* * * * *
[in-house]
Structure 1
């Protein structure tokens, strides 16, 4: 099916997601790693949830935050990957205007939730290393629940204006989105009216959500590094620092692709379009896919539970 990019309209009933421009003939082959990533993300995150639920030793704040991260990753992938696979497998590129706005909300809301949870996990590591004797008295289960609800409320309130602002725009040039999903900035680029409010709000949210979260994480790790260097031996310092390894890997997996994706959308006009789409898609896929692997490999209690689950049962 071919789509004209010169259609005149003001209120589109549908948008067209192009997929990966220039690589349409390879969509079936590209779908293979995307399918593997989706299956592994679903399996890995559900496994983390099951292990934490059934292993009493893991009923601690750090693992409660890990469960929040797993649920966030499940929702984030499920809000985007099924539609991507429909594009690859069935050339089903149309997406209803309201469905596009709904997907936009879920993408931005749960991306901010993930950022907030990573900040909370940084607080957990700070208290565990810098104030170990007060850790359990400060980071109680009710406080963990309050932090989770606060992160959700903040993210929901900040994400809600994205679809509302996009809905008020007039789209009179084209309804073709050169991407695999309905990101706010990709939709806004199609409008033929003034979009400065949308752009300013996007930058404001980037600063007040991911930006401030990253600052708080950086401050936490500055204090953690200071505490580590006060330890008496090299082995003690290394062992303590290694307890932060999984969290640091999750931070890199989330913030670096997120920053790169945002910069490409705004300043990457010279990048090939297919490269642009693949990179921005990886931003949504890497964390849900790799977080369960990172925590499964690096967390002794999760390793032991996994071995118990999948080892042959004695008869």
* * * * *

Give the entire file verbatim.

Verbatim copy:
[in-house]
Structure 1
């Protein structure tokens, strides 16, 4: 099916997601790693949830935050990957205007939730290393629940204006989105009216959500590094620092692709379009896919539970 990019309209009933421009003939082959990533993300995150639920030793704040991260990753992938696979497998590129706005909300809301949870996990590591004797008295289960609800409320309130602002725009040039999903900035680029409010709000949210979260994480790790260097031996310092390894890997997996994706959308006009789409898609896929692997490999209690689950049962 071919789509004209010169259609005149003001209120589109549908948008067209192009997929990966220039690589349409390879969509079936590209779908293979995307399918593997989706299956592994679903399996890995559900496994983390099951292990934490059934292993009493893991009923601690750090693992409660890990469960929040797993649920966030499940929702984030499920809000985007099924539609991507429909594009690859069935050339089903149309997406209803309201469905596009709904997907936009879920993408931005749960991306901010993930950022907030990573900040909370940084607080957990700070208290565990810098104030170990007060850790359990400060980071109680009710406080963990309050932090989770606060992160959700903040993210929901900040994400809600994205679809509302996009809905008020007039789209009179084209309804073709050169991407695999309905990101706010990709939709806004199609409008033929003034979009400065949308752009300013996007930058404001980037600063007040991911930006401030990253600052708080950086401050936490500055204090953690200071505490580590006060330890008496090299082995003690290394062992303590290694307890932060999984969290640091999750931070890199989330913030670096997120920053790169945002910069490409705004300043990457010279990048090939297919490269642009693949990179921005990886931003949504890497964390849900790799977080369960990172925590499964690096967390002794999760390793032991996994071995118990999948080892042959004695008869």